WASHINGTON -- Veterans returning from the wars in Iraq and Afghanistan have been enrolling in for-profit colleges at substantially higher rates during the past two years, raising questions about the degree to which such institutions are seeking higher enrollment rates at the expense of true educational opportunities.
A report released today by the Senate's Health, Education, Labor and Pensions Committee, which has been examining aggressive recruitment practices and high student loan default rates in the burgeoning for-profit education industry over the past several months, shows the share of their revenue coming from veterans has increased fivefold from 2008 to 2010.
For-profit colleges have been one of the primary beneficiaries of the Great Recession, with many institutions capturing anywhere from 85 to 90 percent of their revenues from federal financial aid dollars. But veterans present a particularly attractive opportunity to boost enrollment, because their generous benefits through the GI bill and other programs are not counted as federal financial aid dollars -- a point singled out in the Senate report.
Under a rule in place since the early 1990s, for-profit institutions are required to have at least 10 percent of their revenues coming from sources other than federal financial aid -- a provision to prevent such colleges from relying solely on federal aid to make profits.
But the veterans' tuition benefits from the GI bill and the Department of Defense are not counted as federal financial aid dollars, because they are not technically student loans or Pell Grants governed by the Higher Education Act.
"Enrolling veterans and service members allows for-profit schools to expand the number of non-military students that they enroll," says the report, released today by the Senate HELP Committee Chairman Tom Harkin, (D-Iowa). "Not only does the failure to count military educational benefits as federal financial aid subvert the intent of a regulation ... it actually incentivizes these companies to aggressively recruit and market to veterans and service members."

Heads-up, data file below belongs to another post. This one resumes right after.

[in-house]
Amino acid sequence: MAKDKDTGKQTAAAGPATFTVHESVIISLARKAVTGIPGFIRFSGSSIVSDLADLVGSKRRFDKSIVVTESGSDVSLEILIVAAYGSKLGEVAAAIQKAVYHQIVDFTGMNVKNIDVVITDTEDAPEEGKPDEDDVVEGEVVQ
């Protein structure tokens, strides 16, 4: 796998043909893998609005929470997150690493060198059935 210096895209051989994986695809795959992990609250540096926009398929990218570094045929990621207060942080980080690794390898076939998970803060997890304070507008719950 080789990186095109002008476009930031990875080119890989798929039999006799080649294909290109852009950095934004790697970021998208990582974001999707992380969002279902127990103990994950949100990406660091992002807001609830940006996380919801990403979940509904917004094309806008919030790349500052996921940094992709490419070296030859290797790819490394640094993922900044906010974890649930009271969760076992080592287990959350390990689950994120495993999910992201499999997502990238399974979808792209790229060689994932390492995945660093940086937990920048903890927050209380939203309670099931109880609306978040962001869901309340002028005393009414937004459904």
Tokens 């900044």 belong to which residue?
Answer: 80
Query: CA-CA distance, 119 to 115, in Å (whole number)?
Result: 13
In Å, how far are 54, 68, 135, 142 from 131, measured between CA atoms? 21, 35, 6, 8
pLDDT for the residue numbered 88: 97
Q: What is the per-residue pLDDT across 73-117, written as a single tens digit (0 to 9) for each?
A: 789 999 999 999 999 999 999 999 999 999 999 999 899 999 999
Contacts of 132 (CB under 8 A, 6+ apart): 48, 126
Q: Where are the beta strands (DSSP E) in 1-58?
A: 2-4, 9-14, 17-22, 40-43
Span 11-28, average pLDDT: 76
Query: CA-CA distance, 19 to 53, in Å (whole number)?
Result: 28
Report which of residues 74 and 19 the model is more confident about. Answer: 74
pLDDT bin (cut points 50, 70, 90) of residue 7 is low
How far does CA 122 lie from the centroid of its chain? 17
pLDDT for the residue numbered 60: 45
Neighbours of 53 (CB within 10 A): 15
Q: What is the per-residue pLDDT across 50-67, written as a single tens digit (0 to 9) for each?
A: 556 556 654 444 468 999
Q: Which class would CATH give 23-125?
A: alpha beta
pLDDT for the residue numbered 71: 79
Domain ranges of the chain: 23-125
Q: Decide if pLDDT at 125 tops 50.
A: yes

Numerous corporations that own for-profit universities have hired staff exclusively dedicated to recruiting veterans, in an attempt to capture a reliable stream of revenue through the Department of Veterans Affairs. Television stations such as the Military Channel are filled with advertisements promising lucrative career opportunities.
The significant growth in revenues that for-profit colleges receive from military benefits -- which jumped from $108.2 million in 2008 to approximately $521 million in 2010, according to the committee report -- comes after Congress provided a generous increase in educational benefits offered to service members through a 2008 GI bill.
Supporters of the for-profit education industry argue that their schools offer access to traditionally underserved populations, including low-income students and -- in this case -- veterans returning from active duty overseas.
Harris Miller, chief executive and president of the Association of Private Sector Colleges and Universities, which represents the for-profit sector, said the report discounts veterans' ability to choose for themselves what type of college they would like to attend."
"They were mature enough to lay down their lives for their country. Shall we say they're not mature enough to decide which educational institution is best for them?" Miller said. "I think they're looking at this from the wrong end of the telescope. We have a major crisis in this country in higher education, namely not enough people going into higher education."
He also pointed out that many veterans and active-duty military choose for-profit institutions because they offer a more convenient option for generally older students.
"Clearly a lot are choosing to go to our schools because we offer a program tailored to working adults, who often have a family already and already have a job, whereas traditional schools don't operate that way," Miller said.
Today's Senate report is the most comprehensive analysis to date of how money from the 2008 GI bill, known as the "Post-9/11 GI Bill," is being distributed in the educational marketplace. Advocates for veterans question whether service members are being enticed by exaggerated recruitment messages that could ultimately lead to few employment opportunities after graduation.